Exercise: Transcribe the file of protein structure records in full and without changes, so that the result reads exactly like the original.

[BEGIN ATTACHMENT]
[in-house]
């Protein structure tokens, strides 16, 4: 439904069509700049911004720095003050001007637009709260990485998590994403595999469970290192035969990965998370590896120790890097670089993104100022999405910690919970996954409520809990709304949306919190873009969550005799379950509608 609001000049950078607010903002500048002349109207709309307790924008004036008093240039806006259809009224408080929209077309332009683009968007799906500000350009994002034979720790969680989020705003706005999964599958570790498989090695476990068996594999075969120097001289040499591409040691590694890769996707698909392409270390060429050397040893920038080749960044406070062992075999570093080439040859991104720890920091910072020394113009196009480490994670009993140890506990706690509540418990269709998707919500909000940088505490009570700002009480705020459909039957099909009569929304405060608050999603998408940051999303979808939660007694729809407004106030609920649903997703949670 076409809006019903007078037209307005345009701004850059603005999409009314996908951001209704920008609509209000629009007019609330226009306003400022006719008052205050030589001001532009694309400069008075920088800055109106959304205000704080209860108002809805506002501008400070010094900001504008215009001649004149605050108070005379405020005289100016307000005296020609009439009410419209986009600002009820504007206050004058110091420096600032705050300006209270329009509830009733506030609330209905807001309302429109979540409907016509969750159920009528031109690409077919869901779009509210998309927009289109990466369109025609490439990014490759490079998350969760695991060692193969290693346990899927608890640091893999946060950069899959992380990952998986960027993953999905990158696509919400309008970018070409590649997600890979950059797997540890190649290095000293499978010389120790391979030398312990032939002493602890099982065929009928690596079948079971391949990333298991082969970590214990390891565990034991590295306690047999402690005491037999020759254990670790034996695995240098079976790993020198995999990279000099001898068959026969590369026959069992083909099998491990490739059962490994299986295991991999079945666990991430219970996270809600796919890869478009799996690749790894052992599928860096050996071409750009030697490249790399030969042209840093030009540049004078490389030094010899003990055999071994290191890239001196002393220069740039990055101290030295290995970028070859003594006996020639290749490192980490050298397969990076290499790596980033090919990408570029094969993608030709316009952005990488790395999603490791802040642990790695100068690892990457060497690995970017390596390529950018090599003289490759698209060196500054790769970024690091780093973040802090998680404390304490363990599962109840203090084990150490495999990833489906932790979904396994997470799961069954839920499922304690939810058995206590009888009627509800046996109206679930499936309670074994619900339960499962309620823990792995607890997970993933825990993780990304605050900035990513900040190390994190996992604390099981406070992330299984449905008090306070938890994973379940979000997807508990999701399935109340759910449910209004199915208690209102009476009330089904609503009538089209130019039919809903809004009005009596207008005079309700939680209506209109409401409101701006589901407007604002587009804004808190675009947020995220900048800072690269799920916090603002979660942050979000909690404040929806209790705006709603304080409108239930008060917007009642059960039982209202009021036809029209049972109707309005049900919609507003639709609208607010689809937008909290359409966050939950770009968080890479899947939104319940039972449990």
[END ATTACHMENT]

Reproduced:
[in-house]
């Protein structure tokens, strides 16, 4: 439904069509700049911004720095003050001007637009709260990485998590994403595999469970290192035969990965998370590896120790890097670089993104100022999405910690919970996954409520809990709304949306919190873009969550005799379950509608 609001000049950078607010903002500048002349109207709309307790924008004036008093240039806006259809009224408080929209077309332009683009968007799906500000350009994002034979720790969680989020705003706005999964599958570790498989090695476990068996594999075969120097001289040499591409040691590694890769996707698909392409270390060429050397040893920038080749960044406070062992075999570093080439040859991104720890920091910072020394113009196009480490994670009993140890506990706690509540418990269709998707919500909000940088505490009570700002009480705020459909039957099909009569929304405060608050999603998408940051999303979808939660007694729809407004106030609920649903997703949670 076409809006019903007078037209307005345009701004850059603005999409009314996908951001209704920008609509209000629009007019609330226009306003400022006719008052205050030589001001532009694309400069008075920088800055109106959304205000704080209860108002809805506002501008400070010094900001504008215009001649004149605050108070005379405020005289100016307000005296020609009439009410419209986009600002009820504007206050004058110091420096600032705050300006209270329009509830009733506030609330209905807001309302429109979540409907016509969750159920009528031109690409077919869901779009509210998309927009289109990466369109025609490439990014490759490079998350969760695991060692193969290693346990899927608890640091893999946060950069899959992380990952998986960027993953999905990158696509919400309008970018070409590649997600890979950059797997540890190649290095000293499978010389120790391979030398312990032939002493602890099982065929009928690596079948079971391949990333298991082969970590214990390891565990034991590295306690047999402690005491037999020759254990670790034996695995240098079976790993020198995999990279000099001898068959026969590369026959069992083909099998491990490739059962490994299986295991991999079945666990991430219970996270809600796919890869478009799996690749790894052992599928860096050996071409750009030697490249790399030969042209840093030009540049004078490389030094010899003990055999071994290191890239001196002393220069740039990055101290030295290995970028070859003594006996020639290749490192980490050298397969990076290499790596980033090919990408570029094969993608030709316009952005990488790395999603490791802040642990790695100068690892990457060497690995970017390596390529950018090599003289490759698209060196500054790769970024690091780093973040802090998680404390304490363990599962109840203090084990150490495999990833489906932790979904396994997470799961069954839920499922304690939810058995206590009888009627509800046996109206679930499936309670074994619900339960499962309620823990792995607890997970993933825990993780990304605050900035990513900040190390994190996992604390099981406070992330299984449905008090306070938890994973379940979000997807508990999701399935109340759910449910209004199915208690209102009476009330089904609503009538089209130019039919809903809004009005009596207008005079309700939680209506209109409401409101701006589901407007604002587009804004808190675009947020995220900048800072690269799920916090603002979660942050979000909690404040929806209790705006709603304080409108239930008060917007009642059960039982209202009021036809029209049972109707309005049900919609507003639709609208607010689809937008909290359409966050939950770009968080890479899947939104319940039972449990």